Archive for the ‘Life Lessons’ Category



January 3, 2013

The leap

I’ve been a bad little girl. I’ve been behaving like a drunk, obnoxious tourist on the pristine beach of my own life.
I can’t tell you what delicious naughtiness I’ve indulged in, except to say it is probably not near as shocking as what you have going through your brain. It is closer to the truth to say that I’ve fallen out of character.

The truest version of me is the one that is always polite and kind, always follows the rules and does what is right. How, though, do you maintain that in a world gone crazy? Atrocity is nowhere near my doorstep, but it is all around every one of us in that moment where our breath is caught reading the CNN headlines at night. That intake of breath holds within it a moment of wondering of how people can be pushed so far and every headline holds a little bit of permission to move the line of what you will accept a little further away from your heart. The end of 2012 was brutal in its onslaught of horror-packed news. I too, developed a taste for the dark and thrilled and shuddered at how I could splash a headline across my life, watch it come spinning up to my consciousness like a scene from a 60’s B movie.

The new year finds me calmer, and wondering why. Why have I been playing with the moral code which I have carved out for myself? Don’t misunderstand. My moral code would probably never stand up to any set of church or government rules. It comes closest to the Wiccan rede, “Harm none, and do what ye will.” Love. Be loved. Tell the truth. Don’t judge. Always ask a question before you make a statement. Play within the rules when it is important. Break them when it is essential. Empathize, even when it hurts. Above all, keep the peace. Even When It Hurts.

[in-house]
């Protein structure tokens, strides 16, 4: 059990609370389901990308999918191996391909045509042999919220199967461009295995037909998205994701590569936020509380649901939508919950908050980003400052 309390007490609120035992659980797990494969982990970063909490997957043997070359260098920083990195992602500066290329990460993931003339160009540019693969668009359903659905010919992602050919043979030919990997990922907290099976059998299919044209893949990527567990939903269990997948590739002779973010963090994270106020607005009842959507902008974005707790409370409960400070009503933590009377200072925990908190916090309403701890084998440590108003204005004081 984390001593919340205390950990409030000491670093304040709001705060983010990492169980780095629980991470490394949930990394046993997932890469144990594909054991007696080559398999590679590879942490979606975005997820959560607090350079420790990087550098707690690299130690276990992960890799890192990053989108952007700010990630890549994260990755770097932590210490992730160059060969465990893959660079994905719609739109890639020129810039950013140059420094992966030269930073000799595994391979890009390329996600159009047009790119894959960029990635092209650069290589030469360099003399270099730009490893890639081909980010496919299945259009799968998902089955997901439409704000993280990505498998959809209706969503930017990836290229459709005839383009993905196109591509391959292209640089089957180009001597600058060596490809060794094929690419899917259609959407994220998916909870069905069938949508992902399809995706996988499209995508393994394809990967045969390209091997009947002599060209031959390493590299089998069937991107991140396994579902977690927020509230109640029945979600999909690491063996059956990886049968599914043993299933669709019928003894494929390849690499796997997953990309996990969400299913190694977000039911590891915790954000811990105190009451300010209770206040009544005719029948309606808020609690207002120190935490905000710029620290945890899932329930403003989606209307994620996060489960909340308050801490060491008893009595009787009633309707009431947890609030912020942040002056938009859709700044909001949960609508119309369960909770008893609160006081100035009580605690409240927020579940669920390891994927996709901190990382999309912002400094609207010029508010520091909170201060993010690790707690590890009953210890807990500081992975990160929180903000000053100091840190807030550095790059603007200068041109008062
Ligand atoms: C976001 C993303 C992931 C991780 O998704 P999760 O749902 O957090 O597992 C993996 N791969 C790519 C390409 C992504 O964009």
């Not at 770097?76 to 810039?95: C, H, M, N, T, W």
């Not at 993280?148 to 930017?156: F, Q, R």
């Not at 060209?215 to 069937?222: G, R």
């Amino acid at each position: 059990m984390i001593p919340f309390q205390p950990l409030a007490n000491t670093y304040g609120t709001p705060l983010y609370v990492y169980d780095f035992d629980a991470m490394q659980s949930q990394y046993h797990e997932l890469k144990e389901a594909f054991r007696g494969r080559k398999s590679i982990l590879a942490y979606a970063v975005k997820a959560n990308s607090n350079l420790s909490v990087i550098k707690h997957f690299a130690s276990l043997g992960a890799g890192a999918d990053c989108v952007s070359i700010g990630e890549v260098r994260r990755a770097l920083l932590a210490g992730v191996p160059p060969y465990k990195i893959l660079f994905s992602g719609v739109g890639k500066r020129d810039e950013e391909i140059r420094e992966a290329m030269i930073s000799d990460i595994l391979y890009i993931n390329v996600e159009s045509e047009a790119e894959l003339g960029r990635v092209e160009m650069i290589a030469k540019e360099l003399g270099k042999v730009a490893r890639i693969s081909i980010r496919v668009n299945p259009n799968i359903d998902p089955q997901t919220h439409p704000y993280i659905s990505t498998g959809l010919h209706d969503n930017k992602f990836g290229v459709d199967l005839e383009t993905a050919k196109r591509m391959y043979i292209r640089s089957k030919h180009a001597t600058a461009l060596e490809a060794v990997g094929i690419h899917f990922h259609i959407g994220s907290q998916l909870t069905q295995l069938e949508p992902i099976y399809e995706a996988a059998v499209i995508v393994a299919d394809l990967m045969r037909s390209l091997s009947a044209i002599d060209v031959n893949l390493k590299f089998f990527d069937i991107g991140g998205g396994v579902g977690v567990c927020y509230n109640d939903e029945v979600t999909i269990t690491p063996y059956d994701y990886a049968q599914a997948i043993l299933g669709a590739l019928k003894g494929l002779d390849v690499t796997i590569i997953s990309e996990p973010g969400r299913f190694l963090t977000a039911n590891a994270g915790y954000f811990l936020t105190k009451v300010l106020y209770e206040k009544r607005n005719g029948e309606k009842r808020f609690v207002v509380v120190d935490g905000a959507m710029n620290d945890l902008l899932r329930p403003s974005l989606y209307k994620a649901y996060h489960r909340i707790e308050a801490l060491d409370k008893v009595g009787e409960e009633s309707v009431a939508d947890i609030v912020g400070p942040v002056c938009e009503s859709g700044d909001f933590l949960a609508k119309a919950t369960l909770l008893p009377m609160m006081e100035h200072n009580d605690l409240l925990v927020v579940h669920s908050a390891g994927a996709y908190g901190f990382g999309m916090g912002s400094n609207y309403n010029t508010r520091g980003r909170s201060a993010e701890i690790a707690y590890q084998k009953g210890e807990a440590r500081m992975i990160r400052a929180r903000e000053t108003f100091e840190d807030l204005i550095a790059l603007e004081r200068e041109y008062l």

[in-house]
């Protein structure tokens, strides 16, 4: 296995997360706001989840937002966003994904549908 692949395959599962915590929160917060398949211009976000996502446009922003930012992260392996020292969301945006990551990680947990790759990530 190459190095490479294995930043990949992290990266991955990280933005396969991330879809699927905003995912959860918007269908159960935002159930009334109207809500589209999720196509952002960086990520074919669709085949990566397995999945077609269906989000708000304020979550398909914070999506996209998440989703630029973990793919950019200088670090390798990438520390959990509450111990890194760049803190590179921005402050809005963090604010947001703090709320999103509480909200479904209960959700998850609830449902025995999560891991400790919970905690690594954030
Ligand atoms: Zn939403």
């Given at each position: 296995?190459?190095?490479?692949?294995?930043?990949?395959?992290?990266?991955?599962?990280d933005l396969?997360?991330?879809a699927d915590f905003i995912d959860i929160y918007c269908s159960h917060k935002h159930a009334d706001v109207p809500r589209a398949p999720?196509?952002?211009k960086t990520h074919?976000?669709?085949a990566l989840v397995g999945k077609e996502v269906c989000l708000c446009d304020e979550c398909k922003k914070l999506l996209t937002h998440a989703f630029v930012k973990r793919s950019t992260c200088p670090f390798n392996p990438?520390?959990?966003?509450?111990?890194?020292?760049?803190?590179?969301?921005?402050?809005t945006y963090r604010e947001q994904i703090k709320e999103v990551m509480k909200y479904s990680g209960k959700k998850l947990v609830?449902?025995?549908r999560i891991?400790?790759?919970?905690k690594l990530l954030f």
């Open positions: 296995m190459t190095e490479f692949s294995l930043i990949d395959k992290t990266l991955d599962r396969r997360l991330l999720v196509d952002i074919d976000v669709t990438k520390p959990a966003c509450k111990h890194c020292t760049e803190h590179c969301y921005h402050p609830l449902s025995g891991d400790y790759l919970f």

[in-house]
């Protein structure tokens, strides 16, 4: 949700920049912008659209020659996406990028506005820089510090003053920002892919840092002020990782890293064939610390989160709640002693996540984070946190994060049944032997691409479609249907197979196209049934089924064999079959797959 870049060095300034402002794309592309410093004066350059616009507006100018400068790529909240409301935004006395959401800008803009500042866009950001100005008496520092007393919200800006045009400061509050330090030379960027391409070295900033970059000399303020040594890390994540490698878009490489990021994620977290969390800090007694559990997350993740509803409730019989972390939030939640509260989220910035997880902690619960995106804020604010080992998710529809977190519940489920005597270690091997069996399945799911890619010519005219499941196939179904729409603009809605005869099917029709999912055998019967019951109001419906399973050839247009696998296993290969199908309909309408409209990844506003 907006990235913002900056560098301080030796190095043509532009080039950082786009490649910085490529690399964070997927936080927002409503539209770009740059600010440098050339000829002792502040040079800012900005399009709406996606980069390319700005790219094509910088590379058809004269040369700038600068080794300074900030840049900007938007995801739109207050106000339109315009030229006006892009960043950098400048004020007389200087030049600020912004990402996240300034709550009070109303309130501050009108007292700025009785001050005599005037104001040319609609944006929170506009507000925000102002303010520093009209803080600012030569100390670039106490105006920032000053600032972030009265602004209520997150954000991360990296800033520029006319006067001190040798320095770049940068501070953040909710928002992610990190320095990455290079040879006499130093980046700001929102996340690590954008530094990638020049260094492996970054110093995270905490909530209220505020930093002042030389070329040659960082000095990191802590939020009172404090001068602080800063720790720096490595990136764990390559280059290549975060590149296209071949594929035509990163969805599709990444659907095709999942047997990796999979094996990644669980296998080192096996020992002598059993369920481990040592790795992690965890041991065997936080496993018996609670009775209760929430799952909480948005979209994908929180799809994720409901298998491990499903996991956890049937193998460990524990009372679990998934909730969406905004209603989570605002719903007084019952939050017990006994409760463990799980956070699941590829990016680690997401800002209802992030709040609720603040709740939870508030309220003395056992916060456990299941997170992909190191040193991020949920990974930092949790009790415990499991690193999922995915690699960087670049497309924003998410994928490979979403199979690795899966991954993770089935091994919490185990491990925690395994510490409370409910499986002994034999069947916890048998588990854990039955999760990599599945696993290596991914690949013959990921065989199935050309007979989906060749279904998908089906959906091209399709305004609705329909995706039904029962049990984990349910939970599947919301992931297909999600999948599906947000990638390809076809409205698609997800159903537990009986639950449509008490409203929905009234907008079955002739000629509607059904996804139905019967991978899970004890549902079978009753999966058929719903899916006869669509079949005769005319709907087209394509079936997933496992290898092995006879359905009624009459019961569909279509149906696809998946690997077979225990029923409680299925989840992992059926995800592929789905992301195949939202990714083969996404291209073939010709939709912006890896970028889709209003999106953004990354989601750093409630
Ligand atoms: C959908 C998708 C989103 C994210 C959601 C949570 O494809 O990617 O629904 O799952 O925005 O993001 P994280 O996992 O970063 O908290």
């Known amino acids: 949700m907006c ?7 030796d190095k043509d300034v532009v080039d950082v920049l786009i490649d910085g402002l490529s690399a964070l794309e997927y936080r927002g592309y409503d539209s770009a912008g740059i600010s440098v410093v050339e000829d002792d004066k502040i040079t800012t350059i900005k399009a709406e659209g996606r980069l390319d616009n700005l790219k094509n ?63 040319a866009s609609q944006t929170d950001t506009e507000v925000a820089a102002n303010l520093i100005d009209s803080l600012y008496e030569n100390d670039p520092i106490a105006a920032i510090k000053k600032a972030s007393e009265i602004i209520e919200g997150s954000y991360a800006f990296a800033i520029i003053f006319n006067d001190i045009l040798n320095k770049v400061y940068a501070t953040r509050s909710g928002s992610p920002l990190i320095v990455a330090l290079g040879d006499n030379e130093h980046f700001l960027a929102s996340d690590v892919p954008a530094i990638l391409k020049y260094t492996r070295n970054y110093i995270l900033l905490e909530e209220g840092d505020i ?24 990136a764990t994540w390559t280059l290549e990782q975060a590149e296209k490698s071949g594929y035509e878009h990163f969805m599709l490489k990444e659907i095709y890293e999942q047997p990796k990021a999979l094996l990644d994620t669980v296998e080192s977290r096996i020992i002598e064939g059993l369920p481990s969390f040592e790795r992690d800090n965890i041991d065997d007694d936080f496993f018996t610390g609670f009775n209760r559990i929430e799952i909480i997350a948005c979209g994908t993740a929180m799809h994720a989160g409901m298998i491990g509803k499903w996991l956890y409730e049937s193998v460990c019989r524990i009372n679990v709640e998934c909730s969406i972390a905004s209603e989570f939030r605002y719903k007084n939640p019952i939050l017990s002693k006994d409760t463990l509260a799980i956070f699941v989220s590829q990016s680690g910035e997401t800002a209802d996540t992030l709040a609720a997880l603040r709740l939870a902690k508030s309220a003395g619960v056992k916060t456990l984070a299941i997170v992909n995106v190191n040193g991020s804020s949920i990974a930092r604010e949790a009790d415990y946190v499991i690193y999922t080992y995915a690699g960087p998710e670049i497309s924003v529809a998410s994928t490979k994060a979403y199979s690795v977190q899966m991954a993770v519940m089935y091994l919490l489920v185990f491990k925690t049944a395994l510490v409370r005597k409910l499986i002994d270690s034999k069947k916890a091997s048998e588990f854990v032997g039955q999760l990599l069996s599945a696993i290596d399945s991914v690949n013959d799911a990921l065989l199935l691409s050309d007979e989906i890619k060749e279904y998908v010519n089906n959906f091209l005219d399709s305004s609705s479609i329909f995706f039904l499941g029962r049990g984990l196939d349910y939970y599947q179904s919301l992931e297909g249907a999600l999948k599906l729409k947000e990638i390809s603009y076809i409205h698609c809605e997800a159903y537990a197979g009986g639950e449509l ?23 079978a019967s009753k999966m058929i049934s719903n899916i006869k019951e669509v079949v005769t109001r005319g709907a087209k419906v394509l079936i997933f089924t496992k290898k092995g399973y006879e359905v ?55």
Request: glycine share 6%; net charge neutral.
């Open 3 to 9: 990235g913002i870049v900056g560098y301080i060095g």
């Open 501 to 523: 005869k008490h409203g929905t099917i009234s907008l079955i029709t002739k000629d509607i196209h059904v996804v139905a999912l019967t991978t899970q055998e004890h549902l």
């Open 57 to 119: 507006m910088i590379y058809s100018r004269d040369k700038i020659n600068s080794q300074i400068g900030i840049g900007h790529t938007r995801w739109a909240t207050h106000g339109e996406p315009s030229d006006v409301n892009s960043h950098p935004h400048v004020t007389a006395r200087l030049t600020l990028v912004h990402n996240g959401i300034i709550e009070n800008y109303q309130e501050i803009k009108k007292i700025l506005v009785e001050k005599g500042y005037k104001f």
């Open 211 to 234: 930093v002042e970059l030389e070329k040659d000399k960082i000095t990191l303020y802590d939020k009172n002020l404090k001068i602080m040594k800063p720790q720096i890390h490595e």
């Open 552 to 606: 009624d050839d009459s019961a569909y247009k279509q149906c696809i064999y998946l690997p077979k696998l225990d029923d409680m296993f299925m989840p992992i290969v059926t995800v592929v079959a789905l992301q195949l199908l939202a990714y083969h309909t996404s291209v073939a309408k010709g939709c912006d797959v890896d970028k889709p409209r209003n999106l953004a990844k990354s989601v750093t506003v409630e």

I haven’t been following my own rules, though. The end of the year saw me fighting, lying and judging, swinging my hard-earned peace around me head like a spiked club, doing damage.I suppose it is easy to blame disillusionment with society, or perhaps just being middle-aged. We are all supposed to rage a bit at this age, aren’t we? No leather pants or motorcycle for me, I’ll stick to my snaked tongue and two faces, thank you. Oh, and pass the tequila.

No, I can’t blame any of these things. I have, however, settled on an excuse…a very special, unique excuse for why I’ve been less of my true self. I’m displaced, dislocated. That is to say, my identity is out of socket.

Being an expat can be glorious in its freedom. You float above both your worlds, and no one ever really gets to own you or define you. You play both cultures when you want or need to and can tune out either when convenient. This has consequences. There is a day when you come to feel like you don’t belong anywhere. When you don’t belong, the rules go spinning away from you, like yesterday’s headlines. A little too free, we expats sometimes find ourselves dropping beneath moments, doing things we would never do at home. Except, we are supposed to be at home, aren’t we?

Maybe, also, this spreads to all of us. Yes, I am a Canadian, a Newfoundlander, an only daughter who built a life on the other side of the world. And you? You may be living in Alberta when your TV starts flashing scenes of war, mass shootings, gang rape into your living room. Are you not then, too, an expatriate…living far away from the landscape you knew growing up? Are you not also dislocated, displaced? Does your heart not move a little left of where you last saw it? Do you not turn off the TV and go lie down in your bed and rearrange what you thought you knew and your rules for living?